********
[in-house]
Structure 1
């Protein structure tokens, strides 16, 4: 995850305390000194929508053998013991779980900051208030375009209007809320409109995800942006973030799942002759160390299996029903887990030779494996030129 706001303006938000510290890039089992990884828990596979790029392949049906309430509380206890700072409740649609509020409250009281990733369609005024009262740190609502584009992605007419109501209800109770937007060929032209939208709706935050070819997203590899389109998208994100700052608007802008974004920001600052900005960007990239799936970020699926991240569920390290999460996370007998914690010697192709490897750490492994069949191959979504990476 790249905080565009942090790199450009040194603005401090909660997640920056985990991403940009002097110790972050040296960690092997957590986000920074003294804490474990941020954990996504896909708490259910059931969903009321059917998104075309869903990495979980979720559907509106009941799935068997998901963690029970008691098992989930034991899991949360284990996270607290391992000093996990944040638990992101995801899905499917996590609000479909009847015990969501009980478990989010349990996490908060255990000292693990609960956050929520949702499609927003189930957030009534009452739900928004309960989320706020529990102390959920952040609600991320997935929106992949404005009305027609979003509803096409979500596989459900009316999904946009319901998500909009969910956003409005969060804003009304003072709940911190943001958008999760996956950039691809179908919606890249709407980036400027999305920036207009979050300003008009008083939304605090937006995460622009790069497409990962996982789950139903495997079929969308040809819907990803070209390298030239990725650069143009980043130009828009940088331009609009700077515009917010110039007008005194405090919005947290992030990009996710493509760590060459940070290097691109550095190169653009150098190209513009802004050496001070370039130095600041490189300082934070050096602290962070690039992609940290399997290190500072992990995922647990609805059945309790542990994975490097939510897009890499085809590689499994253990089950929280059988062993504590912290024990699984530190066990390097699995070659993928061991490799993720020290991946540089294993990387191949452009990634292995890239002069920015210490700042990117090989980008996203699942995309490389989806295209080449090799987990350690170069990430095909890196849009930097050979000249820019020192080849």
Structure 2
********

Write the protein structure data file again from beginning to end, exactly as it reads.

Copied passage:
[in-house]
Structure 1
């Protein structure tokens, strides 16, 4: 995850305390000194929508053998013991779980900051208030375009209007809320409109995800942006973030799942002759160390299996029903887990030779494996030129 706001303006938000510290890039089992990884828990596979790029392949049906309430509380206890700072409740649609509020409250009281990733369609005024009262740190609502584009992605007419109501209800109770937007060929032209939208709706935050070819997203590899389109998208994100700052608007802008974004920001600052900005960007990239799936970020699926991240569920390290999460996370007998914690010697192709490897750490492994069949191959979504990476 790249905080565009942090790199450009040194603005401090909660997640920056985990991403940009002097110790972050040296960690092997957590986000920074003294804490474990941020954990996504896909708490259910059931969903009321059917998104075309869903990495979980979720559907509106009941799935068997998901963690029970008691098992989930034991899991949360284990996270607290391992000093996990944040638990992101995801899905499917996590609000479909009847015990969501009980478990989010349990996490908060255990000292693990609960956050929520949702499609927003189930957030009534009452739900928004309960989320706020529990102390959920952040609600991320997935929106992949404005009305027609979003509803096409979500596989459900009316999904946009319901998500909009969910956003409005969060804003009304003072709940911190943001958008999760996956950039691809179908919606890249709407980036400027999305920036207009979050300003008009008083939304605090937006995460622009790069497409990962996982789950139903495997079929969308040809819907990803070209390298030239990725650069143009980043130009828009940088331009609009700077515009917010110039007008005194405090919005947290992030990009996710493509760590060459940070290097691109550095190169653009150098190209513009802004050496001070370039130095600041490189300082934070050096602290962070690039992609940290399997290190500072992990995922647990609805059945309790542990994975490097939510897009890499085809590689499994253990089950929280059988062993504590912290024990699984530190066990390097699995070659993928061991490799993720020290991946540089294993990387191949452009990634292995890239002069920015210490700042990117090989980008996203699942995309490389989806295209080449090799987990350690170069990430095909890196849009930097050979000249820019020192080849």
Structure 2